Despite a slow start and a healthy dose of political posturing, the 2017 Idaho legislative session has hit full stride and they are finally getting to “the work of the peoples’ business,” a commonly-spoken phrase at the Capitol. As is tradition, a majority of the work accomplished during the first month centered around the Legislature’s Joint Finance and Appropriations Committee and hearings on the Governor’s budget recommendations and state agency and department requests. Additionally, House and Senate Committees have been busy with hearings on relevant state agency and department negotiated rulemaking (addressed in more detail below). Because the Governor has predicted a shorter session, and legislative leadership has set a goal of adjourning near the end of March, we are starting to see committee agendas fill up with legislative proposals that are sure to captivate both the media and politicos at the Statehouse.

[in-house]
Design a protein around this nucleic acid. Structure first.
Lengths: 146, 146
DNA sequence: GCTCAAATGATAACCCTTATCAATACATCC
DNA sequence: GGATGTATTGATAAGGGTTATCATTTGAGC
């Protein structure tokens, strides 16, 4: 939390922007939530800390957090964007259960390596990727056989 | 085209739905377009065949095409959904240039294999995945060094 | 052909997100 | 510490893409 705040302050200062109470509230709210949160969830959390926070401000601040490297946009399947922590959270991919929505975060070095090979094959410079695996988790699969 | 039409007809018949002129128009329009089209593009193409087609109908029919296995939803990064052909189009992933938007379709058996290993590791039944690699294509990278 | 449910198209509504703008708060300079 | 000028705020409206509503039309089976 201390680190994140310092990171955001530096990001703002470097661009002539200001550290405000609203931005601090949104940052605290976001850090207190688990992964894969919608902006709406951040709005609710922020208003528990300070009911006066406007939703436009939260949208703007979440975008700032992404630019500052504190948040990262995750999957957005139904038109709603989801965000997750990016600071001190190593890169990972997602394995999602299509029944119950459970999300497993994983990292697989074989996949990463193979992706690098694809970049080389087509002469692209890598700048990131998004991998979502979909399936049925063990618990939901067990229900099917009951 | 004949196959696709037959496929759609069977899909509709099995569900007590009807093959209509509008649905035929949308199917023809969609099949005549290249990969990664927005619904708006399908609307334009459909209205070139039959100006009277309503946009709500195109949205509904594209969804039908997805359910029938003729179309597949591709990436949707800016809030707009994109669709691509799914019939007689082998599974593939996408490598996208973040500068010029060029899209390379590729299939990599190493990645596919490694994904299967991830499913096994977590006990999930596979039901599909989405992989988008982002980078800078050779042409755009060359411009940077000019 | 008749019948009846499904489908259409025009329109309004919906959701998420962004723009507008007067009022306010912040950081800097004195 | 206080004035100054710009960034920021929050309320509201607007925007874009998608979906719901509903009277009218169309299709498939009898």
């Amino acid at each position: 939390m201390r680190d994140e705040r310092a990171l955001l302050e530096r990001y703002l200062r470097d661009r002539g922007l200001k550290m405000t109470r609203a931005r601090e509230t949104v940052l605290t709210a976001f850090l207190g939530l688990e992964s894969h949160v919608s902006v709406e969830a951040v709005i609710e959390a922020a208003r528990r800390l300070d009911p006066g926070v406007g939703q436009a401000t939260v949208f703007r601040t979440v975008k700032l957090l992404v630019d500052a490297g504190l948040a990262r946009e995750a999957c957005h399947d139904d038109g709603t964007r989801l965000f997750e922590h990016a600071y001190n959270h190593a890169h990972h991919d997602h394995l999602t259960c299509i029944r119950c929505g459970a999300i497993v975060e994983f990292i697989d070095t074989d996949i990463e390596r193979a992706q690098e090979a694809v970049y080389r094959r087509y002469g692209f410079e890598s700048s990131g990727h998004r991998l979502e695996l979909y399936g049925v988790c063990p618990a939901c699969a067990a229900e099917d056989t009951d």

Below are some of the higher profile issues at the Legislature, including those that are sure to dominate the remainder of the legislative session.

JFAC Budget Hearings and Negotiated Rulemaking: During every legislative session, state agencies and departments give their budget presentations and requests to the Legislature’s Joint Finance and Appropriations Committee, widely accepted as the Legislature’s most powerful committee due to its ability to control the State’s purse strings. To view the highlights of the Governor’s budget recommendations please click here. In addition to budget committee hearings, negotiated rulemaking consumes much of the first few weeks of every legislative session, and this year has been no different. This past fall, Idaho voters approved HJR 5, a constitutional amendment which enshrined in the Idaho Constitution the Legislature’s ability to review and reject agency rules. Because Idaho is one of only three states in the nation that provides the Legislature with this authority, the responsibility is taken very seriously despite the time and energy it consumes over the first month of every legislative session.